In addition to high cognitive ability, the Igbo are said to have a different mindset: “the Ibo have a greater achievement motivation and are more willing to explore new avenues of power than either the Yoruba or the Hausa.” They have “a general belief in the possibility, indeed necessity, of manipulating one’s world; of determining one’s own destiny; of ‘getting up’ in the world” (Slater 1983).


By the time of Nigerian independence, these characteristics had made the Igbo a dominant force in the country’s life:


All over Nigeria, Ibos filled urban jobs at every level far out of proportion to their numbers, as laborers and domestic servants, as bureaucrats, corporate managers, and technicians. Two-thirds of the senior jobs in the Nigerian Railway Corporation were held by Ibos. Three-quarters of Nigeria's diplomats came from the Eastern Region. So did almost half of the 4,500 students graduating from Nigerian universities in 1966. (Baker 1980)


The Igbos were nonetheless a minority within Nigeria, a fact reflected in the leadership that took over after independence. That leadership was resented by the Igbo, who saw it not only as beyond their control but also as corrupt, incompetent, and fraudulent. In 1966, a group of Igbo officers carried out a coup d’état and executed the Prime Minister, the Premier of the Northern Region, and the Premier of the Western Region. There then followed a counter-coup and a wave of persecution that led to the deaths of 8,000 to 30,000 Igbo and the exodus of between one and two million to their homeland in the Eastern region. When the Igbo learned that the new government would fragment their region into three parts, they revolted and declared their independence. Thus began the Nigerian Civil War (1967-1970).


Henry Kissinger (1969) summed up the situation in a memorandum to President Nixon: “The Ibos are the wandering Jews of West Africa — gifted, aggressive, Westernized; at best envied and resented, but mostly despised by the mass of their neighbors in the Federation.”


If we go back to the eighteenth century, and to the earliest European observations, we see that the Igbo were already viewed as “competitive, individualistic, status-conscious, antiauthoritarian, pragmatic, and practical—a people with a strongly developed commercial sense” (Mullin 1994, p. 286). West Indian slave-owners saw them as adept at learning English. “In Jamaican descriptions of all named peoples, Ibo were the most adroit in using language distinctively and in some instances deceptively” (Mullin 1994, pp. 286-287).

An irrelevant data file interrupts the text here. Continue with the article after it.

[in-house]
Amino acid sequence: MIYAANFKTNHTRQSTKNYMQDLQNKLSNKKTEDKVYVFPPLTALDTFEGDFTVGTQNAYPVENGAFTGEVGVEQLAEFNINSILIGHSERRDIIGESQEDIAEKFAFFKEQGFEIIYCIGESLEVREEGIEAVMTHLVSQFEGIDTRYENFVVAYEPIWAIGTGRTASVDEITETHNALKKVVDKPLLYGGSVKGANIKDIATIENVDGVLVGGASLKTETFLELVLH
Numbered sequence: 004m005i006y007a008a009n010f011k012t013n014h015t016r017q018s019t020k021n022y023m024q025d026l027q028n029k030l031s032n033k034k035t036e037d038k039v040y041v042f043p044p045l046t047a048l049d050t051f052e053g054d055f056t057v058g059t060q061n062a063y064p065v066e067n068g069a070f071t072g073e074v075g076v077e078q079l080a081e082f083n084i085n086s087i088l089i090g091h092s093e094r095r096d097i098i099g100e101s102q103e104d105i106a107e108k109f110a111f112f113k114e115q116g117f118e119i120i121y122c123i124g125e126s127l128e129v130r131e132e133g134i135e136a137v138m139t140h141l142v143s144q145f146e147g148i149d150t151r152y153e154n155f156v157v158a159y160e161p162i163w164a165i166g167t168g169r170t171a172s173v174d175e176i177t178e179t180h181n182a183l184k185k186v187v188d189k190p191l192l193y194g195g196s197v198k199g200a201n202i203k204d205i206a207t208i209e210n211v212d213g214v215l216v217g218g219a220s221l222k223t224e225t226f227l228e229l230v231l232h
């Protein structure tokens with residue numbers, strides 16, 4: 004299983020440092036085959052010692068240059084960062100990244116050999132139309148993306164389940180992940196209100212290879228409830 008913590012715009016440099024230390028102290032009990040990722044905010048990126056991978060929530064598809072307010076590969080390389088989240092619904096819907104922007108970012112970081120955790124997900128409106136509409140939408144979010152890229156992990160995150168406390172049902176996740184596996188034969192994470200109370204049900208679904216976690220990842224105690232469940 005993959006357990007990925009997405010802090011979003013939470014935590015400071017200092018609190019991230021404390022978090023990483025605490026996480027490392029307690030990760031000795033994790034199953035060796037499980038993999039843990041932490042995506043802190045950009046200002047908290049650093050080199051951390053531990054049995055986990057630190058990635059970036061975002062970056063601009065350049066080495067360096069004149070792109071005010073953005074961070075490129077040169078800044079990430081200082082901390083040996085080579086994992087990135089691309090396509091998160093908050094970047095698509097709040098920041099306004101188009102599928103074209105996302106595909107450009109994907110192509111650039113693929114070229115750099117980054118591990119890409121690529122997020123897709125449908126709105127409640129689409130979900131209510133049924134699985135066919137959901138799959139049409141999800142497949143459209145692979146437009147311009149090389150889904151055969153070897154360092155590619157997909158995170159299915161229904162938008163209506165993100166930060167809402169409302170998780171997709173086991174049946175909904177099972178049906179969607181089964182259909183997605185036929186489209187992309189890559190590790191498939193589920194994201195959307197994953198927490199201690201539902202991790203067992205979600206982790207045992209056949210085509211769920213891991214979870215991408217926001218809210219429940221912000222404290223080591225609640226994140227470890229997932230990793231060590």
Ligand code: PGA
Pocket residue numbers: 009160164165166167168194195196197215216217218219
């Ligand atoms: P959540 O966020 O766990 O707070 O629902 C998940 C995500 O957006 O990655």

In general, cognitive ability seems to be higher in populations that specialize in trade, since the cognitive demands are likewise higher. The Igbo specialized in trade at an early date, thanks to their location on the Niger Delta and their role as middlemen in exchanges between the coast and the interior (Frost 2015).




Baker, P.H. (1980). Lurching toward unity. The Wilson Quarterly, 4, 70-80.  


Chisala, C. (2015). The IQ gap is no longer a black and white issue. The Unz Review, June 25.


Frost, P. (2015). The Jews of West Africa?  Evo and Proud, July 4.


Kissinger, H.A. (1969). Memorandum, January 28. U.S. Department of State Archive.  


McIntosh, S.K., and R.J. McIntosh. (1988). From stone to metal: New perspectives on the later prehistory of West Africa. Journal of World Prehistory 2(1): 89-133.


Mullin, M. (1994). Africa in America: Slave Acculturation and Resistance in the American South and the British Caribbean, 1736-1831. University of Illinois Press.


Piffer, D. (2021). Divergent selection on height and cognitive ability: evidence from Fst and polygenic scores. OpenPsych   


Slater, R. (1983) Bureaucracy, Education and The Ibo: A Review. Journal of Educational Administration and History 15(1): 46-49.